Sandy beaches are not typically the best place to snorkel, as little marine critters need rocks, coral, or other structures to seek shelter and hide out. In turn, the small marine animals attract the larger ones.
When looking for snorkeling sites in Cozumel, keep this in mind. Your perfect beach and your perfect snorkeling site in Cozumel might be in two different places.
You also want to avoid trying to snorkel too close to the cruise ship ports, as their propellers and other disruptive qualities have rendered the areas formerly teeming with sea life into mostly dead areas with few fish and a blanket of excess algae.
Much better to seek out some of the spots just a little farther away, that are known to have things to see, and easy and safer entry and exit points.
Best Beach-Access Snorkel Spots in Cozumel
With all that in mind, here’s a shortlist of just some awesome places to get in the water and get snorkeling.
Dzu-Ha (and Money Bar)
Dzul-ha is a Mayan word, and the traditional name of a small beach point a few miles south of the main town, and adjacent to a well-known (and fun) venue known as “Money Bar.”
This area has some corals and other rocky clusters close to shore, so it’s an excellent choice for experienced snorkelers and for beginners.
Grab a table at Money Bar and enjoy lunch, excellent cocktails and drinks, and one of the best sunsets on the island, and you can get in and out of the water to your heart’s content. A great place to while away a day, and see some cool marine life.
Playa Corona is a Local’s Favorite for Cozumel Snorkeling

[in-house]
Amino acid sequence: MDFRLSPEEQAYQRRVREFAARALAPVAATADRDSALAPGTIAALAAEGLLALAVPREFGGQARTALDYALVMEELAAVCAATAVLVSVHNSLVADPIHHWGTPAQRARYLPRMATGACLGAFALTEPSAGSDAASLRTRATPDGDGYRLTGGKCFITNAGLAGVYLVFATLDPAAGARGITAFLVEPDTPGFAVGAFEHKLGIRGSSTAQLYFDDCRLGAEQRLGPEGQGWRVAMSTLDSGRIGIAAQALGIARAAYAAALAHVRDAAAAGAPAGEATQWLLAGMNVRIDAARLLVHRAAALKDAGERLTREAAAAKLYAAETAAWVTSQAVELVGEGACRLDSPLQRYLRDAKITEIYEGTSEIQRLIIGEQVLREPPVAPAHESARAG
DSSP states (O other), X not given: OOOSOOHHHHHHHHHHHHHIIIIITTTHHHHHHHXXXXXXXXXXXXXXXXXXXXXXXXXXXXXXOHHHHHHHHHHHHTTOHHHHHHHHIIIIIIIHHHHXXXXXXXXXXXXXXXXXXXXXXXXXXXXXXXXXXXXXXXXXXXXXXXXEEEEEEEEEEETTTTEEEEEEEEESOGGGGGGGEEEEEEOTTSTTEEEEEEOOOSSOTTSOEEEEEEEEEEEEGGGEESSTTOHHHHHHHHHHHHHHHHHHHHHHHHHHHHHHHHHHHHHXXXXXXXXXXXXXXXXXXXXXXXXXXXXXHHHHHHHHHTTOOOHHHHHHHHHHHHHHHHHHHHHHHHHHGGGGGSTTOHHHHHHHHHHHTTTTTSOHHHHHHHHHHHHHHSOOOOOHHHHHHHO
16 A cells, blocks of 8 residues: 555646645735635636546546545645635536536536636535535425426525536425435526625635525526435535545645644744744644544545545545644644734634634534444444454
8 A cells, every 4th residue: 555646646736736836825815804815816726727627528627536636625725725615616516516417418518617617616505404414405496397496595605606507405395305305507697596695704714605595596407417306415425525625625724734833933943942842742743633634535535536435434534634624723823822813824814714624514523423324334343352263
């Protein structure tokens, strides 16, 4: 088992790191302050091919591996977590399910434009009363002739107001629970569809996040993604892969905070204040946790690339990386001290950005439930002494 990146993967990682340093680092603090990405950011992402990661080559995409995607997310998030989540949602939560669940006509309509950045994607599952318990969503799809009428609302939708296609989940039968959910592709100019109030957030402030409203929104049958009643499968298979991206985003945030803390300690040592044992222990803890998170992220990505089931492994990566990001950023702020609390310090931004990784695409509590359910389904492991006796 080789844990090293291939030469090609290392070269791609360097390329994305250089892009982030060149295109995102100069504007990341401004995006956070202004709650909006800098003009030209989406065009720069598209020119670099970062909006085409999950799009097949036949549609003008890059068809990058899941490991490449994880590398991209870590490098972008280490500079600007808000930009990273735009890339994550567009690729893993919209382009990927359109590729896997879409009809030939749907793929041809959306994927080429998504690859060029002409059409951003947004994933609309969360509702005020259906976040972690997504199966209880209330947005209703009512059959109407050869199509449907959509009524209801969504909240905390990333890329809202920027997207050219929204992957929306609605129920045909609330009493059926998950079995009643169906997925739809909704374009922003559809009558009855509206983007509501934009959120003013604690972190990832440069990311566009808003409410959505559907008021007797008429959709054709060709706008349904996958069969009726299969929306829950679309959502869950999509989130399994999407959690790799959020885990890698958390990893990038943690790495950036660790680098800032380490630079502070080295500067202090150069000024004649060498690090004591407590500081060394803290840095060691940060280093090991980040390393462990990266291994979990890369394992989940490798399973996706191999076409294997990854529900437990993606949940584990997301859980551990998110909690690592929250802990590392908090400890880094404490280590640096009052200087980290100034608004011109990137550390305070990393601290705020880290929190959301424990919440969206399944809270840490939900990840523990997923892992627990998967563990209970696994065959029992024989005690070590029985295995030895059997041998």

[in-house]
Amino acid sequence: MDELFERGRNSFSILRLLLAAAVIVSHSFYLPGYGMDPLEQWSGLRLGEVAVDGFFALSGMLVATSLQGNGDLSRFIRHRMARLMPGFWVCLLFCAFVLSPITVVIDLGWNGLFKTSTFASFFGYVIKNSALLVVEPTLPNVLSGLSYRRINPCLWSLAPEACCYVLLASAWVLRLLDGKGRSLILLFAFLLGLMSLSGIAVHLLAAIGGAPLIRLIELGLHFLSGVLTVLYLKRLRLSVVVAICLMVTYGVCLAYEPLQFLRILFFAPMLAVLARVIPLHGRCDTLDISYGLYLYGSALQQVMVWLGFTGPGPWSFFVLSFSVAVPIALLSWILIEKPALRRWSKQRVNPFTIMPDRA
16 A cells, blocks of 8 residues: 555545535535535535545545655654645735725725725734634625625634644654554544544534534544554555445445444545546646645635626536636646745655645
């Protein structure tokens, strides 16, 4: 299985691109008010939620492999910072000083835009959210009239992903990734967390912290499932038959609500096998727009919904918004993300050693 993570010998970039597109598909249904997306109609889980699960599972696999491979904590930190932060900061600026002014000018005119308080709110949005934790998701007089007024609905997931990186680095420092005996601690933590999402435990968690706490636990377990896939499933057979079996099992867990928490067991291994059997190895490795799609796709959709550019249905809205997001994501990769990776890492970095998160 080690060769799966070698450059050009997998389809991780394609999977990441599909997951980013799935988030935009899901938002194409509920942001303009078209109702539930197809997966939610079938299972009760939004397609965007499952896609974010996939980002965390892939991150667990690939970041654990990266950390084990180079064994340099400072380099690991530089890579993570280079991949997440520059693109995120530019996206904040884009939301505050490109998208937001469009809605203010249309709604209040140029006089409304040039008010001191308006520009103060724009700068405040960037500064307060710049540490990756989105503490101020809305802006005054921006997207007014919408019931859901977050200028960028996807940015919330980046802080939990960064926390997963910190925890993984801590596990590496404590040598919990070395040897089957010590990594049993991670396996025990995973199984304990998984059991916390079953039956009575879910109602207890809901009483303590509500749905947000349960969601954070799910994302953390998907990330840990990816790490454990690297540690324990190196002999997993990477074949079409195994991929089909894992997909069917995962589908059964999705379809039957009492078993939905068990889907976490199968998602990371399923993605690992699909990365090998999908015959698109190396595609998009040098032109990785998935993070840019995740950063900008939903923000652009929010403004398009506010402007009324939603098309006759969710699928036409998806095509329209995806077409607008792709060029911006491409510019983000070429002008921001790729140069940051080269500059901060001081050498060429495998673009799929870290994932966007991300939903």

This beach has long been popular among locals and visitors alike, but it sometimes doesn’t get its due props as one of the best snorkeling access points in Cozumel.
One reason may be because locals don’t want to give up the goods! But more likely it’s because some of the better coral clusters sit a little bit of a swim offshore. This might be best for experienced swimmers, or at least those that have already gotten their feet wet (pun intended) at one of the easier places, like Dzul-Ha or Chankanaab.
Chankanaab Beach Park is a large, well-equipped park run by the municipality of Cozumel.
Home to events like the annual Ironman swimming portion, an enclosed dolphin swim area (I do not recommend this, but if you want to swim with dolphins in Cozumel, this is the place) and the arrival point for the annual Mayan Sacred Crossing reenactment (for more info on this, check out our post on this fascinating annual event as well as this practical guide to Mayan ruins in Cozumel).
Chankanaab Beach park has a long beach with easy access points, vendors with gear for rent, and lots of public amenities including showers, locker rooms, restaurants, and other fun activities to try, which makes it a great choice for families with kids.
And the shallow reef sections just off the beach at Chankanaab make it a wonderful place to see everything from graceful, ribbon-like eels, to sea turtles, and maybe catch a very unique glimpse of Cozumel’s own splendid toadfish.
Punta Sur Eco Beach Park
This is my favorite of all the great official parks on the island.
Entering via a breezy beach road that winds around the southern-most beaches on the island, Punta Sur offers a variety of flora and fauna, and several points of interest to nature lovers, including lagoon and mangrove overlooks (that can often include crocodile sightings), vestiges of Mayan buildings, a pontoon boat tour of the mangroves and water birds, and access to the southern lighthouse (read this post next for more on Punta Sur park and other eco-friendly activities in Cozumel.)
Punta Sur Eco Park also has an excellent beach that has become a popular destination for locals and in-the-know tourists who like that desert island feel.
Snorkeling at Punta Sur is a great day of beach fun and gets you very close to some prized coral reefs along the southern edge of the national marine park. Thousands of sea turtles nest at Punta Sur each year, so you never know – you may snorkel near one of our juvenile turtles in either the green sea turtle or loggerhead families!